SBJ/June 4 - 10, 2001/No Topic Name

Everything’s roses for Levy

Forget the winner of the Kentucky Derby — the biggest score at Churchill Downs this year was made by Levy Restaurants, the Chicago-based food and beverage company.

John Long, executive vice president and chief operating officer of Churchill Downs Inc., announced that Levy has been retained to provide food service for all events at the track in Louisville, Ky.

"We've been in discussion concerning a master plan for upgrading the entire facility, and we're about two-thirds of the way through that," Long said. "Along the way, it became obvious a big part of it was food and beverage, and we think Levy is the best at what they do."

The agreement with Levy ends a 60-year relationship between Churchill Downs and concessionaire Aramark or its predecessor, Harry M. Stevens, which was acquired by Aramark in 1994.

Levy will begin service on July 11 at CDI's Trackside off-track betting facility in Louisville. Levy's on-track service makes its debut with the beginning of Churchill Downs' fall meet Oct. 28.

Long hinted that Levy Restaurants eventually could wind up handling all food and beverage service at three other tracks owned by CDI — Calder Race Course near Miami, Hollywood Park in Southern California and Indiana's Hoosier Park.

"Two of those are being handled in-house and the other by a local firm that is almost in-house," Long said, "so we have a lot of flexibility there. The obvious question is that if we have a great partnership at one track with Levy, why not in a variety of locations?"

Levy already provides the food and beverage service at Arlington Park near Chicago, which CDI acquired through a merger last October.

"Arlington is definitely where this [current agreement with Levy] began," Long said. "We saw the different approach they took toward providing such high-quality food service, and it was a launching pad for the deal at Churchill Downs and whatever else comes up."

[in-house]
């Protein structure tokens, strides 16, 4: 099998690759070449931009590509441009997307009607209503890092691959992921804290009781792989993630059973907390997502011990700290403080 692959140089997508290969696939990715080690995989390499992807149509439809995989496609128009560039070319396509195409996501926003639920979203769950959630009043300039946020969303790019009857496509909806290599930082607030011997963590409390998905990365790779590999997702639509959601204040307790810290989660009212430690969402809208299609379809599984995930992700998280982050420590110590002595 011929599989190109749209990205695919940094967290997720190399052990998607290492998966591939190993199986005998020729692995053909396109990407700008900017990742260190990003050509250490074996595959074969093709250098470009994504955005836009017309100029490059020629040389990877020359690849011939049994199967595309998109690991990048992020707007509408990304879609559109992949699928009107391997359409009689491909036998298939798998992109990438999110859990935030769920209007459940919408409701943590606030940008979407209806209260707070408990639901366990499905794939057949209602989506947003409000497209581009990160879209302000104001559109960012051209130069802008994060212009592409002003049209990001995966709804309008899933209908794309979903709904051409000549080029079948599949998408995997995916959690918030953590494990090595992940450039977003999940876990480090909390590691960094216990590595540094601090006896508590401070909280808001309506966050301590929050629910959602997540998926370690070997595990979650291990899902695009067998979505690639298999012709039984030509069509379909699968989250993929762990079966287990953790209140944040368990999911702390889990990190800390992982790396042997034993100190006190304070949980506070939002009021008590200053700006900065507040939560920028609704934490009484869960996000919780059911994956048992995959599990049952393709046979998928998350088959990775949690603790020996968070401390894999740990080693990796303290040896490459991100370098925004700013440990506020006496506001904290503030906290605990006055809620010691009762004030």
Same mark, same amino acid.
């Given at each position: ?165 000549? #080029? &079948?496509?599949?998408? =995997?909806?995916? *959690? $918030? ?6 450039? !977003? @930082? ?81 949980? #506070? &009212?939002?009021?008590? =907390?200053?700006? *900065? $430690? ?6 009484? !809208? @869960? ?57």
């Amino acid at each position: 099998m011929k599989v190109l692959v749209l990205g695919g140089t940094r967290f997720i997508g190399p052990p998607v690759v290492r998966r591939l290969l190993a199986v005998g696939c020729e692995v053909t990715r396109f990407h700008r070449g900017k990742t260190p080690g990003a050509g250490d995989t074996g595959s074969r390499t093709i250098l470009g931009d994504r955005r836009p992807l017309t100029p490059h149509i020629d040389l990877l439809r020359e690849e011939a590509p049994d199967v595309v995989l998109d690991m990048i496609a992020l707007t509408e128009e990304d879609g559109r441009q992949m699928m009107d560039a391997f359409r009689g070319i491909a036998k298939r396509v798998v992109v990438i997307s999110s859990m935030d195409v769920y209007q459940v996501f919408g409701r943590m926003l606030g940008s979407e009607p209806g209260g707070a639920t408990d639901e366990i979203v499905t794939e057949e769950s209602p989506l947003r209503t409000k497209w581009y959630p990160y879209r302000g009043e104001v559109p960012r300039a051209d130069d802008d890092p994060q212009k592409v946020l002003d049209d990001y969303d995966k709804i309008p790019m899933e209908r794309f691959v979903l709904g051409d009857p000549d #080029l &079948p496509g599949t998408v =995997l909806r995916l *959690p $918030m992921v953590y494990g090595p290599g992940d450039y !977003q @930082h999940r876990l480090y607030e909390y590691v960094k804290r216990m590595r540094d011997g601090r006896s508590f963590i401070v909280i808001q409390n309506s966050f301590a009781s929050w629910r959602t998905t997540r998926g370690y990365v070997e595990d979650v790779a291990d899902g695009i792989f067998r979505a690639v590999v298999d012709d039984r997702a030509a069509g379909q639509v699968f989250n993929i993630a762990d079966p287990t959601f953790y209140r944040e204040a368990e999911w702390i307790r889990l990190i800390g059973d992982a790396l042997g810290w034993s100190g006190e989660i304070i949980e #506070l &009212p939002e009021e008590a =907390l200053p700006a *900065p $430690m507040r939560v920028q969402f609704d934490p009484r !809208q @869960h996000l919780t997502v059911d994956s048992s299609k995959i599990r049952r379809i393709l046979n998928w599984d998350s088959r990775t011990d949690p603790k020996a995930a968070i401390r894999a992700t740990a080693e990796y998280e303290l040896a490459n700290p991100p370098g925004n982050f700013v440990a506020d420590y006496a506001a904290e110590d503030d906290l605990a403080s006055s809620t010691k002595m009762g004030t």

Levy has been the concessionaire at Arlington since 1989, its only racetrack account until last week's announcement.

"Obviously, we're excited," said Larry Levy, the company's founder and chairman. "Churchill Downs is one of the shrines of sports in America, and the Kentucky Derby is among the most famous single events in the world.

"I've been to the Derby and always loved it, but I have a feeling I'm going to have a whole different perspective on it next year."

Levy indicated that races like the Kentucky Derby — and the Arlington Million, which his company already works — present unique challenges for a food and beverage provider.

"The biggest difference in serving a track instead of a ballpark isn't in the tastes of the customers," Levy said. "It's that at those racing venues, some days the volume can be many multiples of a typical day.

"The Kentucky Derby draws 160,000 people. To do that job right, we not only need lots of people — something like 3,000 — but you have to have military-type precision. You need to house everybody, feed everybody and train everybody for that one big day, and then you have to do everything right."

Levy will have some hometown help, however.

Compass Group, the world's largest food and beverage service provider — and Levy's partner since late last year — has contracts with the University of Louisville and two large auto plants in the area, giving Levy a ready-made personnel pool.

"We knew that the partnership with Compass would help in all kinds of ways," Levy said, "and this is just one of them."

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